Since the beginning of his activity as a contributor to medicine-related Wikipedia articles in 2008, Heilman has been promoting the improvement of medical content by encouraging fellow physicians to take part.He became interested in editing Wikipedia on a slow night shift, when he looked up the article on obesity and found that it contained many errors. "I realized that I could fix it. I made a huge number of edits and improved the quality a great deal. I sort of became hooked from there," he told the Hamilton Spectator in 2011. As of 2016, he edited medical articles on Wikipedia for about 60 hours a week.
Heilman takes part in an initiative through Wiki Project Med Foundation with Translators Without Borders, working to improve and translate English Wikipedia medical articles of top importance into minority languages.The Wiki Project Med Foundation has started a collaboration with the University of California, San Francisco as a recruit for scientifically literate editors, by giving students college credit for improving medicine-related Wikipedia pages. In 2014, the Wiki Project Med Foundation also partnered with the Cochrane Collaboration, with the goal of improving the reliability and accuracy of information on Wikipedia. With regard to this partnership, Heilman said, "The way Wikipedia works is that all content is to stand entirely on the references that are listed. If the best quality sources are used to write Wikipedia there's a good chance that Wikipedia will contain the best quality information."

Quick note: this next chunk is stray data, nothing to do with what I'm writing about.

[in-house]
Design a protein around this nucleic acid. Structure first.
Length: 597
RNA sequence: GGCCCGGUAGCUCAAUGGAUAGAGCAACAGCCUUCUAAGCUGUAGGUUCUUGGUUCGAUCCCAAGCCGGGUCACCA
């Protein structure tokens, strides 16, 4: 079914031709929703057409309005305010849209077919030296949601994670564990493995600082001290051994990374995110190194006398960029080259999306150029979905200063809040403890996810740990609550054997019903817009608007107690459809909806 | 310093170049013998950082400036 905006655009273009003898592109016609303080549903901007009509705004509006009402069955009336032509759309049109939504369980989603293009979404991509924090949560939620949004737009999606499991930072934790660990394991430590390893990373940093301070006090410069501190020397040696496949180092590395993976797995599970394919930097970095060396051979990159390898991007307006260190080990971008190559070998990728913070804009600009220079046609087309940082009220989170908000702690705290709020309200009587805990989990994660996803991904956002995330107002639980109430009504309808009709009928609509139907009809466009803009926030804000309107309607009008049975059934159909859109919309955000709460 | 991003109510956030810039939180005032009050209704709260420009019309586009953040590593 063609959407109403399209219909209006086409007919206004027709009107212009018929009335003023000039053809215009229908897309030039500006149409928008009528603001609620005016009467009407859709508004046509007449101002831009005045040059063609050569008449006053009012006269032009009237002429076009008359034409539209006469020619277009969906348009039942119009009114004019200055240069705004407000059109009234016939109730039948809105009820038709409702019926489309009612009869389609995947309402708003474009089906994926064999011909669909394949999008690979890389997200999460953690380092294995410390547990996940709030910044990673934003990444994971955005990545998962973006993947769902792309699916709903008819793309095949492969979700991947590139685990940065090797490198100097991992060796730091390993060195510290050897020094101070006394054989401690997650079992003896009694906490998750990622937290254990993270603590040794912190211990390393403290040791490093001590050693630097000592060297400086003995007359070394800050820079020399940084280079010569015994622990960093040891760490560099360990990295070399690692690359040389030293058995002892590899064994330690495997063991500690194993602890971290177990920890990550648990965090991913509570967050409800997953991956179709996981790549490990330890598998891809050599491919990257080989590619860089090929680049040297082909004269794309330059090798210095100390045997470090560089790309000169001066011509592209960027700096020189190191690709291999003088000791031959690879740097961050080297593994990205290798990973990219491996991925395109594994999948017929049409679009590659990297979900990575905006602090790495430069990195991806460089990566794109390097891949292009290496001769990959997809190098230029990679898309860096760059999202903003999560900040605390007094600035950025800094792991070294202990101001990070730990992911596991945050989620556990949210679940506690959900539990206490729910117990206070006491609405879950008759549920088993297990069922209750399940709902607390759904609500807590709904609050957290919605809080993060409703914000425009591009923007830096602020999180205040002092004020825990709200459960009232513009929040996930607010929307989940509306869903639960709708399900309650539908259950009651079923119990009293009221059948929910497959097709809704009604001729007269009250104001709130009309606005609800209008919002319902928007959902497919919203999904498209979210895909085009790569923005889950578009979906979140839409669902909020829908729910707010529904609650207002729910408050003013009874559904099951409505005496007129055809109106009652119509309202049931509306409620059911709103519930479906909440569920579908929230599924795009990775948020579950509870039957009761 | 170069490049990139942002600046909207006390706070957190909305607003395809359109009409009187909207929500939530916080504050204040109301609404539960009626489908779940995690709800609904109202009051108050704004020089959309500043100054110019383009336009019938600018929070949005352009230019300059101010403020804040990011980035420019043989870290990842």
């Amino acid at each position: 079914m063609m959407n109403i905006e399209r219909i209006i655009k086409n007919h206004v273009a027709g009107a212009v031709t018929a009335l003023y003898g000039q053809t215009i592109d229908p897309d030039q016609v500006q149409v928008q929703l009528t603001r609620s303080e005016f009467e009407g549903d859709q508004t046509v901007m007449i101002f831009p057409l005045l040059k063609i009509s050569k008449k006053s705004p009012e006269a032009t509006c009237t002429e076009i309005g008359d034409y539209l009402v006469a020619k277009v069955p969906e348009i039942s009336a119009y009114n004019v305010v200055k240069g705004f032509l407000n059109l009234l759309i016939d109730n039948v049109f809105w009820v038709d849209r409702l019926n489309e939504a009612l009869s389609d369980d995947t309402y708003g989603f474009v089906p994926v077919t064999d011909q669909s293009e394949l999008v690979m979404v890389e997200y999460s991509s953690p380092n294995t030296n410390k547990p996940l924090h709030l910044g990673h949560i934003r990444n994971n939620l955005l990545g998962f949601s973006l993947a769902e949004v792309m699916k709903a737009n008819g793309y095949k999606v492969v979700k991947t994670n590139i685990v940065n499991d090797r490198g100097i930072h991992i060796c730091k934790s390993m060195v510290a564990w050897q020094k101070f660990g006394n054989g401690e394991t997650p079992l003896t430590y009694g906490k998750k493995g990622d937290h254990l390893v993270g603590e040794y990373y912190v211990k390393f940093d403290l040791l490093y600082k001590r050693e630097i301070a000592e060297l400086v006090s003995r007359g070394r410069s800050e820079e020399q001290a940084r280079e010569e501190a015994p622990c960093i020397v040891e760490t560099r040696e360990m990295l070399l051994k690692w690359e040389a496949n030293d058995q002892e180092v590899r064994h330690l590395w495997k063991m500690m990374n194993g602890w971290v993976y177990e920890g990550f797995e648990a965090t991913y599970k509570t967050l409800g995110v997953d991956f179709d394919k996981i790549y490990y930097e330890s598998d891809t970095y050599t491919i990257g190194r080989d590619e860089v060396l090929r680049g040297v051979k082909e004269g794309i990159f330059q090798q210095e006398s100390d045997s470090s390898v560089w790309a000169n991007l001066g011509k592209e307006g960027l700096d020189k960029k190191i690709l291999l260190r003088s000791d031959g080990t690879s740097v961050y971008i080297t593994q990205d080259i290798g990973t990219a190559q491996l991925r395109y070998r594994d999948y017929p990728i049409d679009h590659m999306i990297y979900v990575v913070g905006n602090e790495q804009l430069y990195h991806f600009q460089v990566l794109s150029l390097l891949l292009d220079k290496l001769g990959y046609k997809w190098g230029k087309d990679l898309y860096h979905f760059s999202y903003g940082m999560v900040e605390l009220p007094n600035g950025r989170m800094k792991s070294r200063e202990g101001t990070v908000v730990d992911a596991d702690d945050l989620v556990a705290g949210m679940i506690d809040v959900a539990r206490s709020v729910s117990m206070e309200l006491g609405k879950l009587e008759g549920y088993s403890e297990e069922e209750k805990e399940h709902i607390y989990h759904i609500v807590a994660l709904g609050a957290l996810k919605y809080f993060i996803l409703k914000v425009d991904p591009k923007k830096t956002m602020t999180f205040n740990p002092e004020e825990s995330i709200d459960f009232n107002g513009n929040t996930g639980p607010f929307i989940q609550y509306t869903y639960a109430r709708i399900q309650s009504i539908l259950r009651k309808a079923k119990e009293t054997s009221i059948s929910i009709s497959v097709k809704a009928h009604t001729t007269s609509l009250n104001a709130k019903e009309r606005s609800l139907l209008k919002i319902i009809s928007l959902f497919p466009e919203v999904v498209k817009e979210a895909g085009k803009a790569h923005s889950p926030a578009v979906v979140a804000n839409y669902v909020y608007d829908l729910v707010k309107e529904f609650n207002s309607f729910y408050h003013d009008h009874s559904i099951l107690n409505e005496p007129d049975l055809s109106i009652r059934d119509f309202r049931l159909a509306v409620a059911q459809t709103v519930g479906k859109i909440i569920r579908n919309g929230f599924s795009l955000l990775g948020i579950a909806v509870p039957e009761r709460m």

Heilman spoke at Wikimania 2014, where he said that 93 per cent of medical students use Wikipedia, and argued that "fixing the internet" is now a critical task for anyone who cares about healthcare.
By reviewing and correcting medical content in the manner promoted by Heilman (and with many of his contributions), in Wikipedia articles like that about Ebola, Wikipedia has become a source of information to the general public, thus being regarded among respected sites run by the World Health Organizationand the Centers for Disease Control and Prevention, covering the topic. Heilman reduced the time he spent working in the emergency department so he could spend more time updating this page. In 2014, he told the Cranbrook Daily Townsman that with respect to Wikipedia's coverage of Ebola, "The big thing is emphasizing what we know, making sure that minor concerns don’t get blown out of proportion." He also said that, despite rumours to the contrary, there was no evidence that the disease had become airborne, and that ebola had caused far fewer deaths than other conditions such as malaria and gastroenteritis.